The Tories and Brexit – The middle of the wedge

I didn’t sleep last night. It wasn’t sickness or stress. It wasn’t that I wasn’t tired (I really was). It wasn’t that my bed was uncomfortable.

I was angry. Really bloody angry.

I get frustrated, fed up, a bit cheesed off or even snappy at times. Rarely, however, do I feel real anger about anything.

Last night, though, I did.

Foreign workers are to be registered. Foreign doctors are to be “allowed” to stay until they can be replaced. Limiting freedom of movement seems to be the only non-negotiable element in Brexit. 

The message is clear – If you aren’t British then you aren’t welcome here. That’s right, Jonny Foreigner. This isn’t your home. It’s simply a place you get your money from, and we need to make sure you are treated differently to those of us who are native of this land.

This is as hard right as I can remember from a UK government, and it’s seriously scary. We’ve been through the language of “swarms of immigrants” and “bogus asylum seekers”. As many of us said, that was simply the thin end of the wedge.

It’s fair to say, with language you would expect to read on Stormfront and policies to match, we are now firmly in the middle of that wedge, and moving further up as we go.

The Brexit vote has confirmed one thing alone to the Tories, many people fear immigration. Theresa May addressed this in her speech today, attacking the mythical “liberal elite” for finding fears about immigration distasteful.

No, most of us don’t feel quite that way. Fears about immigration are, to a certain extent, understandable. People coming into the country, our communities, with a different language and culture can feel unsettling if you aren’t used to it. Stories in the press about millions coming over, taking jobs, benefits, NHS places, houses etc. can lead to fears. Of course it can.

The issue comes with addressing those fears. I believe that addressing fears should involve allaying fears. Pointing out the many, many benefits of immigration: they pay more tax and claim fewer benefits per person, they are helping to fill major shortages of staff in health care and the hospitality industry, they help us to learn about cultures beyond this small island…

The Tories, however, see addressing fears in a different way. They see it as pandering to those fears. Stoking them with increasingly hateful rhetoric and policies, then using the EU Referendum result as a way to justify those fears. In the same way those on the far right are using the result to legitimise their own bigotry and racism.

The Government often speak of standing up for “British values” or “Christian values”, yet these values they speak so highly of are not the ones I recognise when I think of them. I think of fairness and equality of all people, regardless of gender, race, colour, nationality or creed.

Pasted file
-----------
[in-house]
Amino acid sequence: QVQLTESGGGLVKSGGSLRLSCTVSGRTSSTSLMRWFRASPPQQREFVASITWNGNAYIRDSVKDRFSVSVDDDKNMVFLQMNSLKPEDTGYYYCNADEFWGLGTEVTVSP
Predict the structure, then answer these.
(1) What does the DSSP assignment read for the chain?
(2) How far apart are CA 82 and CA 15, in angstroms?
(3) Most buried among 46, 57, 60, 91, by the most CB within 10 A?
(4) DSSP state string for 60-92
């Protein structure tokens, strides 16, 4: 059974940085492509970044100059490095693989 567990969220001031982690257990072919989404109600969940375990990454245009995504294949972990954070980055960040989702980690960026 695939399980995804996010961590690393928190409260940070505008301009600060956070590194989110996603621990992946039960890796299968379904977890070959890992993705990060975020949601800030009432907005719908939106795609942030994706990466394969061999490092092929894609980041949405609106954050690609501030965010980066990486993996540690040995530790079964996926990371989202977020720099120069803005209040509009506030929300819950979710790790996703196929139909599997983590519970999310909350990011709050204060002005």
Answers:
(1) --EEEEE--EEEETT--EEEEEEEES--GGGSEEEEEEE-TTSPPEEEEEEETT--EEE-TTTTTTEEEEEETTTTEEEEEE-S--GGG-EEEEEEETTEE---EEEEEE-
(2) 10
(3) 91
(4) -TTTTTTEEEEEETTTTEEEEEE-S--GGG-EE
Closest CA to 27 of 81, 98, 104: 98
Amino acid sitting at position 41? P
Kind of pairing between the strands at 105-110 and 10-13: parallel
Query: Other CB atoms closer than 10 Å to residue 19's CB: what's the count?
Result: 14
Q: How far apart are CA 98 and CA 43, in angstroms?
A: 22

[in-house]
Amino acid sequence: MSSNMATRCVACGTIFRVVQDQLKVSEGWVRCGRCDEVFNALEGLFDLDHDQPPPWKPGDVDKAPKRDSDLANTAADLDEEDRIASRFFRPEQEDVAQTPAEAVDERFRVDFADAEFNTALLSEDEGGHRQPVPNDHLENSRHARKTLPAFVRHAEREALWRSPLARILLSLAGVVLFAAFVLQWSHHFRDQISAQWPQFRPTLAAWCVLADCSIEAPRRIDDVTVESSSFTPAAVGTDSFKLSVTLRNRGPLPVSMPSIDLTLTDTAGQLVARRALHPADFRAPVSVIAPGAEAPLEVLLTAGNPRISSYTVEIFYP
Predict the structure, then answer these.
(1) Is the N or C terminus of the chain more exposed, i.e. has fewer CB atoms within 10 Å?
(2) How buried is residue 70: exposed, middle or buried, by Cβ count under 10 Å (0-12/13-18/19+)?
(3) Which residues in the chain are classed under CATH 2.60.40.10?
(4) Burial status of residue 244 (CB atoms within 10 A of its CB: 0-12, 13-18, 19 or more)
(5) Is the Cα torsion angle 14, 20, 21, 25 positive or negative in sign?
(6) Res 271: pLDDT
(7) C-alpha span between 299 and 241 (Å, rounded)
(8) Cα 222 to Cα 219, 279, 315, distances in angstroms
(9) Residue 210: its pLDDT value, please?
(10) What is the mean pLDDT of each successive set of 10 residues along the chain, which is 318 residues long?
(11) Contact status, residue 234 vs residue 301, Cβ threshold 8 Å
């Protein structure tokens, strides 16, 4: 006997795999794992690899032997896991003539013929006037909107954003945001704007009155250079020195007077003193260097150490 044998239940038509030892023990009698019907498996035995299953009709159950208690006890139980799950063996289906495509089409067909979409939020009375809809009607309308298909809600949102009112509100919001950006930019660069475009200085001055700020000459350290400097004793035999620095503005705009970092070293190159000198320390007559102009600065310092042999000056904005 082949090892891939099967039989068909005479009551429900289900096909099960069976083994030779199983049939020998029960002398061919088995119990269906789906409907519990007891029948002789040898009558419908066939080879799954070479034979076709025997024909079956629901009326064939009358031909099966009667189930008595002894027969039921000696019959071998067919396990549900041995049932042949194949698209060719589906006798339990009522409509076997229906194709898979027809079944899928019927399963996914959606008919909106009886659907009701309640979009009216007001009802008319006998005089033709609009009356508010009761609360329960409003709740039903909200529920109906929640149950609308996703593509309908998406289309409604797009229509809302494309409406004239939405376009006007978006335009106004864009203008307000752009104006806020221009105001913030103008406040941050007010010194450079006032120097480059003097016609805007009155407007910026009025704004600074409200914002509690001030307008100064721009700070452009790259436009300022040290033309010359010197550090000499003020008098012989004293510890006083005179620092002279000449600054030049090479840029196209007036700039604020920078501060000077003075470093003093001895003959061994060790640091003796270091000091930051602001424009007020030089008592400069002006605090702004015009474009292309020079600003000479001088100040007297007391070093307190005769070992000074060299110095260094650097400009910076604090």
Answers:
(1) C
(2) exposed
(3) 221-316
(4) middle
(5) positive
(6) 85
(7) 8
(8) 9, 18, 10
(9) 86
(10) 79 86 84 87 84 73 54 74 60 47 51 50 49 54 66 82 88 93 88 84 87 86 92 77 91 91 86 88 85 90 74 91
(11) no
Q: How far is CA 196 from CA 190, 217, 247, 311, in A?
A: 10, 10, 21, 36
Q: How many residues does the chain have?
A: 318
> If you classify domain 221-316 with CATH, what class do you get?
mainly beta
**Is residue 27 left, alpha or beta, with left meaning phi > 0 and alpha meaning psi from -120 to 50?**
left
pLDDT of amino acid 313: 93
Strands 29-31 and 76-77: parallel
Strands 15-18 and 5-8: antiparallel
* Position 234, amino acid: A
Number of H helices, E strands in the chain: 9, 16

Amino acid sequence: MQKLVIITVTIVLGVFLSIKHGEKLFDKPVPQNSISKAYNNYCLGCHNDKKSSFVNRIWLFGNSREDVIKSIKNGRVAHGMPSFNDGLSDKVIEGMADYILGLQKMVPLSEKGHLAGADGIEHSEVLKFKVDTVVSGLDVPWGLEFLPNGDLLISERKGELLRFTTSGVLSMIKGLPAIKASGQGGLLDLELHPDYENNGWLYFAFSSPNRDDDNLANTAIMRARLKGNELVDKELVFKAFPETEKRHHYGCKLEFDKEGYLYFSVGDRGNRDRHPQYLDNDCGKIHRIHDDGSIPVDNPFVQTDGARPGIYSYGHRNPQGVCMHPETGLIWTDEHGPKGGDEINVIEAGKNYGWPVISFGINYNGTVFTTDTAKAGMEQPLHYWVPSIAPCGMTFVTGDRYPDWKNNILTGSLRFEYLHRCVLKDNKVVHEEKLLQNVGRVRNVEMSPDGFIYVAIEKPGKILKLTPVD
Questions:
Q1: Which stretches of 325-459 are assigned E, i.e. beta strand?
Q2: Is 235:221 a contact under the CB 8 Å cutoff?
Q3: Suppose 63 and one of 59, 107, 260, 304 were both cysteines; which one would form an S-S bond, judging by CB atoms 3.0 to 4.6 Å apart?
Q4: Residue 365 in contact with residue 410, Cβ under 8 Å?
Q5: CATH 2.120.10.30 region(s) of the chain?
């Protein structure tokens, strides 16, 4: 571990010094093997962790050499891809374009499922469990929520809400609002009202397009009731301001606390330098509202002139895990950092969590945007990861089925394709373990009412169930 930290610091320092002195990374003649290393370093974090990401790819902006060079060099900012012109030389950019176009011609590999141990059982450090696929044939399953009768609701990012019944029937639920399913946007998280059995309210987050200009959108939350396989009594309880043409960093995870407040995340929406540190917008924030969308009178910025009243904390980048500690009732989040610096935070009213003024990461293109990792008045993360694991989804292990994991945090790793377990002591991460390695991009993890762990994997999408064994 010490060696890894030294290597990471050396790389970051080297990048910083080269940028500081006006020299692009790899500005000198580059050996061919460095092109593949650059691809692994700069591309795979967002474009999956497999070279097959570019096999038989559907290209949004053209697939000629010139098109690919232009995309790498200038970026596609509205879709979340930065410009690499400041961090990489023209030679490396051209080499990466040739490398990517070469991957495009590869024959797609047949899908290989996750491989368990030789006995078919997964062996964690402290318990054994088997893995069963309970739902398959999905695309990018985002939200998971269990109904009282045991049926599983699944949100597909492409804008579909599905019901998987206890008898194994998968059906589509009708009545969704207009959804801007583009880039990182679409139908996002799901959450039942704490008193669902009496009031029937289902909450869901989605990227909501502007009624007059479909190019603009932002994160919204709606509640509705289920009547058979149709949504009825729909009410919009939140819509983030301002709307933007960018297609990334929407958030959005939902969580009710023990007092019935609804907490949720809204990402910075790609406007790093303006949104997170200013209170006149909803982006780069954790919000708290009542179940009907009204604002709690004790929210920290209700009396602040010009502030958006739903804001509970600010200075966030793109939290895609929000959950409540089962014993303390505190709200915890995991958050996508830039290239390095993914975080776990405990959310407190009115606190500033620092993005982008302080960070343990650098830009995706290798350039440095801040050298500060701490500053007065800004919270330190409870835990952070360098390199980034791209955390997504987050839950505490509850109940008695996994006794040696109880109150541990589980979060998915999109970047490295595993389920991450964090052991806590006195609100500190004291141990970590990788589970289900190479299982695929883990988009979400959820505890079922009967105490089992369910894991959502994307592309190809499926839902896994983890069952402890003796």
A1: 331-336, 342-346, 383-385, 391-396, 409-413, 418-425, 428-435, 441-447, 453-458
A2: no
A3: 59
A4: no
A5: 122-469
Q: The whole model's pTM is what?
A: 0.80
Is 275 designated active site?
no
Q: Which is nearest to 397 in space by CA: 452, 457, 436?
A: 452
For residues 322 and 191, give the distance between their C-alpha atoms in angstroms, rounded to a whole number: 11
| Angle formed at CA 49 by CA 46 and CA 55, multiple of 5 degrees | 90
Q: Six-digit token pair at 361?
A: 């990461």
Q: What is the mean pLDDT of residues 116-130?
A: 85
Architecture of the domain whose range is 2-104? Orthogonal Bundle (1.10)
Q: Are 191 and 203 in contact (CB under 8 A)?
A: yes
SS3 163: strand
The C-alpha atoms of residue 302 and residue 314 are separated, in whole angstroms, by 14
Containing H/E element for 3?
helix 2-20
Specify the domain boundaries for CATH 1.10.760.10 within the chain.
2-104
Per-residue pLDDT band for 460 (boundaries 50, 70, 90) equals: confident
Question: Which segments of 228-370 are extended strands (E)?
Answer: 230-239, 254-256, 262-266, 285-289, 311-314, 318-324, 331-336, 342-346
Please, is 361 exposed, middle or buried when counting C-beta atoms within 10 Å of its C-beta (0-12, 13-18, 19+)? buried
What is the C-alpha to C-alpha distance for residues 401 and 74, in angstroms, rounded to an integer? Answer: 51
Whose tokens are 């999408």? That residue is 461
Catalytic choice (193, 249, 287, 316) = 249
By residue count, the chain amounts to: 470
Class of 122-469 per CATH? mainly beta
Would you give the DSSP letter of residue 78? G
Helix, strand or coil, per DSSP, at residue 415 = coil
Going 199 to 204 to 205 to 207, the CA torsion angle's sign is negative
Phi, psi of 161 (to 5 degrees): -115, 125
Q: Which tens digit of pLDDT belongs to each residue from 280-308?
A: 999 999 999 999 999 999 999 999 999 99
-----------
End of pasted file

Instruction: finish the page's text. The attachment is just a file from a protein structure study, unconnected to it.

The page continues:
I think of standing up for the vulnerable, the victimised, the poor, the oppressed.

I think of respecting those who work in professions which serve the wider good: health care, education, law and order, rescue and protection.

I think of a culture made up of many cultures over many centuries. Changing and evolving as we grow as one giant melting pot, celebrating the progress we make as we go.

I think of love, the most powerful thing on this planet, sweeping away hatred and fear as it goes. Healing people, communities, cities and nations.

Please, if you truly fear the idea of people coming from other countries, whether for economic reasons or for their own safety, and making their home here I beg you to think again. We learn from each other when we let down the artificial barriers of nationhood we have built around us. We learn customs, languages, festivals, food, ways of creating a caring society we had never thought of before when we realise that there is no us and them. There are just people. Human beings. Ordinary men, women and children.

The language of the Tories, the language of Brexit right now, is a dangerous and frightening path to go down. It is the language, and the policy, of division, inequality, blame, mistrust and hatred.

We are better than that. British people… all people are better than that. Please, let’s be better than the people we are being taken for. Before it’s too late.

“For I was hungry and you gave me something to eat, I was thirsty and you gave me something to drink, I was a stranger and you invited me in… Truly I tell you, whatever you did for one of the least of these brothers and sisters of mine, you did for me.’”

‭‭Matthew‬ ‭25:35, 40‬ ‭

15 groups UKIP class as immigrants

After Nigel Farage called for the children of immigrants to be classed as immigrants themselves I have obtained an exclusive list of other groups that the UKIP leader, backed up by his chums at Migration Watch, also wants to reclassify: